Book Title : Blue Period, Vol. 01
Authors : Tsubasa Yamaguchi
Genre : Manga, Graphic Novel, Contemporary, YA, Coming-of-Age, Art
Yatora is the perfect high school student, with good grades and lots of friends. It’s an effortless performance, and, ultimately… a dull one. But he wanders into the art room one day, and a lone painting captures his eye, awakening him to a kind of beauty he never knew. Compelled and consumed, he dives in headfirst–and he’s about to learn how savage and unforgiving art can be…
** I WAS GIVEN THIS BOOK FOR MY READING PLEASURE **
Copy received through Netgalley
Blue Period, Volume 1, by Tsubasa Tamaguchi
The story began with a lot of potential. I wasn’t overly fond of the main character, to begin with, but he grew on me as he found his passion for art. Yatora was one of those people who is smart, works hard, but has no real passion or purpose in his life to drive him forward. Until he stumbles upon art. I liked that he didn’t become brilliant immediately, but that he had a natural talent that encouraged him. I also liked that his mindset changed, as he learned more. At first, he thought it was dumb and simple, that it was silly and easy to do. Then he learned by experience how hard it was, that there was logic and rules to follow, that passion and hard work came together to make real art. He had a really nice character growth, that I enjoyed watching.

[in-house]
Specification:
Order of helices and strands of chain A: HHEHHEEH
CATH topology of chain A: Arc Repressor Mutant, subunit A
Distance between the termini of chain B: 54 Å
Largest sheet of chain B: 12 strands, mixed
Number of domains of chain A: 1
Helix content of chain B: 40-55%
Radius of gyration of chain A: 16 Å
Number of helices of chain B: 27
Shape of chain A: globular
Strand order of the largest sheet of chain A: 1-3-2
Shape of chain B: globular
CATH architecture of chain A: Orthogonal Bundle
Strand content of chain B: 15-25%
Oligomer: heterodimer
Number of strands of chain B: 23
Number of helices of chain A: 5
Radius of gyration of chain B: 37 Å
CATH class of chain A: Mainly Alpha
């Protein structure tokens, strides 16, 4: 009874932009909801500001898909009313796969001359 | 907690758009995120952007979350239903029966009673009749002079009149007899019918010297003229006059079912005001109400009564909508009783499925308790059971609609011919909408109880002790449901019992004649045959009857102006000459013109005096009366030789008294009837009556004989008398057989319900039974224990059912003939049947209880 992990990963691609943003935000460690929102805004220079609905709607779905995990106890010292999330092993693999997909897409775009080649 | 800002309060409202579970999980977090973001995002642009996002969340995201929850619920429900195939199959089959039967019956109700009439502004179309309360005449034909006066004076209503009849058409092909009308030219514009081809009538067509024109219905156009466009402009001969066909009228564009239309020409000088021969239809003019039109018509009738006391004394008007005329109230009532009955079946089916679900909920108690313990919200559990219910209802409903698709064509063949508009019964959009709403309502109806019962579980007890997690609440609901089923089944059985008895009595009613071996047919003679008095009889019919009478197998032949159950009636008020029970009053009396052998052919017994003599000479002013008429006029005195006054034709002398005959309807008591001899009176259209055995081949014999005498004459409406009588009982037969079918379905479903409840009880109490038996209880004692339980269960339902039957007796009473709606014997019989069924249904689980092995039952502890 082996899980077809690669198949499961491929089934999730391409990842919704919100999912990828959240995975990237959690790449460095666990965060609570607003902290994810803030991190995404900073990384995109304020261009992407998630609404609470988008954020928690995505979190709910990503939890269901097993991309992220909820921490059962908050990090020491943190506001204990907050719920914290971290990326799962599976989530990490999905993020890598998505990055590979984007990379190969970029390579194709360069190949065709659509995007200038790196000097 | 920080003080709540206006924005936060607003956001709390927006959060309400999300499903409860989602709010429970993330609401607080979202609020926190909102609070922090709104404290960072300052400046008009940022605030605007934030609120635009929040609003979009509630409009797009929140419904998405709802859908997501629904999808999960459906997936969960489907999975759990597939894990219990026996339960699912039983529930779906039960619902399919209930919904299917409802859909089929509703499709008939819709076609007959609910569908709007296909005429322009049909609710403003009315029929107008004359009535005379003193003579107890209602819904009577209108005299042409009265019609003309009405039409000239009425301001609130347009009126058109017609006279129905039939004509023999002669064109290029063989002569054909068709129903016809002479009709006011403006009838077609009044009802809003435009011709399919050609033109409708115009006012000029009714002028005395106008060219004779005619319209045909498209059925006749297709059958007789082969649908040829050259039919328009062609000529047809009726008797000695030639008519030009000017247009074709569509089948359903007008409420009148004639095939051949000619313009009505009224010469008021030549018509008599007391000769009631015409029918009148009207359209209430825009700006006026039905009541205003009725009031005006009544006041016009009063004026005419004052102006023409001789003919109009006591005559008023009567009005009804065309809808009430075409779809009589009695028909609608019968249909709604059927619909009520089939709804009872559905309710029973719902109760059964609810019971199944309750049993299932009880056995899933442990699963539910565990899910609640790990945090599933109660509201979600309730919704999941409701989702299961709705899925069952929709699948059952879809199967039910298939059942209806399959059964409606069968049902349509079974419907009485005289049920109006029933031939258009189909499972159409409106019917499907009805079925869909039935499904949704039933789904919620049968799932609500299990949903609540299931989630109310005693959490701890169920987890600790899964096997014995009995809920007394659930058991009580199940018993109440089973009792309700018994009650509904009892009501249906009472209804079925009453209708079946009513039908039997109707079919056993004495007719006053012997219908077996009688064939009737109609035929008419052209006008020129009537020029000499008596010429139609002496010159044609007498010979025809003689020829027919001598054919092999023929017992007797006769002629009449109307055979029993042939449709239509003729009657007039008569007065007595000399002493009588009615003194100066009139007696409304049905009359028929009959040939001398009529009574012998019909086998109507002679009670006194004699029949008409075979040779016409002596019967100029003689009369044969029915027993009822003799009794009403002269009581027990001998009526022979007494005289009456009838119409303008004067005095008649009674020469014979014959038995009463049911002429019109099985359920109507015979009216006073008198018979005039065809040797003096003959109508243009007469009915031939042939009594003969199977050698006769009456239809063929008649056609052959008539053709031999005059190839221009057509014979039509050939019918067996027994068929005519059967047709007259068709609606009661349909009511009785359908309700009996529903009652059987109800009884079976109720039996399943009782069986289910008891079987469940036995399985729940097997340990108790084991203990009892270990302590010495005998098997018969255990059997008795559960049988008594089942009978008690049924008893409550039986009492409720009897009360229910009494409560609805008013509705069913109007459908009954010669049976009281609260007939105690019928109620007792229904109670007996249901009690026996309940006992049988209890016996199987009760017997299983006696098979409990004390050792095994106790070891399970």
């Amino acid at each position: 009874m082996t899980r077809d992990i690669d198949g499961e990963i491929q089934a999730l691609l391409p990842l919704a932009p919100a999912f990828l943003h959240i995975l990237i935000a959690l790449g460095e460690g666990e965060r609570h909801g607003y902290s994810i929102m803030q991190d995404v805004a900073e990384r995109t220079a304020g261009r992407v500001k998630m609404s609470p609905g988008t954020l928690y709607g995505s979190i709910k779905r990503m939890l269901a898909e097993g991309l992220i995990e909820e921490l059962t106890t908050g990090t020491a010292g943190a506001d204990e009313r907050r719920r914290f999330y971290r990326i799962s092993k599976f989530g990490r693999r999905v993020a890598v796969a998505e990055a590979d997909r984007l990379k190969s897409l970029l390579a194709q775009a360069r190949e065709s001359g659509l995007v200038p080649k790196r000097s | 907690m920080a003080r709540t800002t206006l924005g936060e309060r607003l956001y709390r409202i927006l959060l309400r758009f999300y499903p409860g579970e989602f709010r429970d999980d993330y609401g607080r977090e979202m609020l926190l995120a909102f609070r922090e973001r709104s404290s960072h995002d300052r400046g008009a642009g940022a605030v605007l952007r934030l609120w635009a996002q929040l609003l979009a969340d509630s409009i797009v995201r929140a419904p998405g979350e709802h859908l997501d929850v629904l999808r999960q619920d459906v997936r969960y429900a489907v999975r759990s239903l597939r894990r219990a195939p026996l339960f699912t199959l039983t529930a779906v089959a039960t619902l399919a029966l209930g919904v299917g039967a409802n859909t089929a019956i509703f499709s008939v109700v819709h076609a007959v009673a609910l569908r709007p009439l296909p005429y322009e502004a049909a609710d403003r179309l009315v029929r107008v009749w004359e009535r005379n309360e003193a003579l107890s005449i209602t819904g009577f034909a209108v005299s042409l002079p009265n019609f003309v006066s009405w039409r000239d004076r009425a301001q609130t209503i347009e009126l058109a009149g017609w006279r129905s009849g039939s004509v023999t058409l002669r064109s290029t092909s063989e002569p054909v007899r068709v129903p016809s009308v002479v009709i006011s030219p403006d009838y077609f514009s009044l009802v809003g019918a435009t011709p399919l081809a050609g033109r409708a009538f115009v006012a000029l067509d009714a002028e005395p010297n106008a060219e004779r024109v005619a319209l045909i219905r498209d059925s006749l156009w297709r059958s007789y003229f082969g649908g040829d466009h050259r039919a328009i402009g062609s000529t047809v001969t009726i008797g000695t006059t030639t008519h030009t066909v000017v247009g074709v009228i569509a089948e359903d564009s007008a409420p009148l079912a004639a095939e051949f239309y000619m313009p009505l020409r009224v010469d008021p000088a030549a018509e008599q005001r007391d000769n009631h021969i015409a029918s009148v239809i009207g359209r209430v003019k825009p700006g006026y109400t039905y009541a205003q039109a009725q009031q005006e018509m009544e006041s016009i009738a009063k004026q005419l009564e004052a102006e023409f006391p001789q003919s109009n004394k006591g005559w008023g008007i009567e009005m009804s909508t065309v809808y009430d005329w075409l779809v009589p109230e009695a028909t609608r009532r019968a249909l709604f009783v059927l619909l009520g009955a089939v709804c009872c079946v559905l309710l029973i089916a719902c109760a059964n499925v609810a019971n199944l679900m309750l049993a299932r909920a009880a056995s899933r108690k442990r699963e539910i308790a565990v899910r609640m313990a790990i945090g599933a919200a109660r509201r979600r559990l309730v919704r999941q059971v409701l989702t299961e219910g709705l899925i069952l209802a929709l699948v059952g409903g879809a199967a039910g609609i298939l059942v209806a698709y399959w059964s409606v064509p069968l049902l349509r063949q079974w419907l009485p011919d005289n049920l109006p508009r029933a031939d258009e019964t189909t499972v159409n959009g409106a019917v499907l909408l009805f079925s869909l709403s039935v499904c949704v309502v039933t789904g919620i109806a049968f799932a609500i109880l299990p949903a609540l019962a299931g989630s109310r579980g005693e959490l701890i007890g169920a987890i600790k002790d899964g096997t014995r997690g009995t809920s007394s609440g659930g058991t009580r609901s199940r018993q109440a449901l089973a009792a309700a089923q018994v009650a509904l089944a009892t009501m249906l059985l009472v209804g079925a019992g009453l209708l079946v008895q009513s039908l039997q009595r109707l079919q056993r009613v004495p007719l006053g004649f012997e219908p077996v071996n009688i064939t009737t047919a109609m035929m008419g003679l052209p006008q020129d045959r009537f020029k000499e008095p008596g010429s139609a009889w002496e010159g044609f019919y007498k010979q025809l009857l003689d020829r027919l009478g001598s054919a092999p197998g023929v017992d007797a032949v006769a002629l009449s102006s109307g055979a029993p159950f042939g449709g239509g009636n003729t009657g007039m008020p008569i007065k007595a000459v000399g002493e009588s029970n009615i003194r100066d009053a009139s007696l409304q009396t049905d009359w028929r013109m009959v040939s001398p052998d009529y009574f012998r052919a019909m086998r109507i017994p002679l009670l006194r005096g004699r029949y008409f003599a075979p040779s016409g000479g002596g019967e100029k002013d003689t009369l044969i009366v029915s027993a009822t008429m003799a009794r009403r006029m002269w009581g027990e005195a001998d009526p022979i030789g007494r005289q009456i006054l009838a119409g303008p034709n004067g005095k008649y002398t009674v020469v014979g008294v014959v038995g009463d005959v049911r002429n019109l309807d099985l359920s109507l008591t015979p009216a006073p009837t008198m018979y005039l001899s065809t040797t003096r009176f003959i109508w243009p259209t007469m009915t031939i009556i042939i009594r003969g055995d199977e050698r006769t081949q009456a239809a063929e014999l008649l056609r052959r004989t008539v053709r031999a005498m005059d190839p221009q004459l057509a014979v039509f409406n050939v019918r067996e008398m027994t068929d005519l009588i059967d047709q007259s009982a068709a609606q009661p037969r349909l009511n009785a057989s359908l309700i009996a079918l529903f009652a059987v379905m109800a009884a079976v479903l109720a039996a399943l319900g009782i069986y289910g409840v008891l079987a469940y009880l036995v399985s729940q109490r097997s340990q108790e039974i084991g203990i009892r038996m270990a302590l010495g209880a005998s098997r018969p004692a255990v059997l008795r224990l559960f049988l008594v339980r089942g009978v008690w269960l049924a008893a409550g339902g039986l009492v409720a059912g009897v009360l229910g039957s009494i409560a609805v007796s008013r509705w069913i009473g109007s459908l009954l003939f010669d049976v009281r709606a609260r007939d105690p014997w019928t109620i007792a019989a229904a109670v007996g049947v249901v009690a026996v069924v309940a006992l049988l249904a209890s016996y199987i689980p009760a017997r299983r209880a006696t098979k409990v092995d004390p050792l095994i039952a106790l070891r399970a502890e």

As for the cast of secondary characters, I liked Yuka-chan and Mori, I find Yotasuke intriguing and hope to see more of him in the future. I liked the various skillsets that were explored and how every picture had an individual style and ability, so that it really portrayed a ‘class’ of students with different abilities.
However, as Yatora’s a newbie to art, the story tended to drift into lecture mode, quite often, with info dumps about universities, art schools and art practices/methods, that made it a little tedious to read, at times. I also found the characters, while diverse, to be hard to identify. Yuka-chan, for example, is dressed extremely feminine, but I got the sense they were male. The problem was that it was never explicitly mentioned, and considering there were female students elsewhere in the story, it was hard to tell. It wasn’t until the end of the book that the “about” section made it clear. It would have been really helpful to have this at the beginning.
The pacing is interesting, as it follows Yatora from non-artist to budding artist to going to a prep-school to learn more. I’m intrigued to see his abilities and thought-process expand, as the story continues.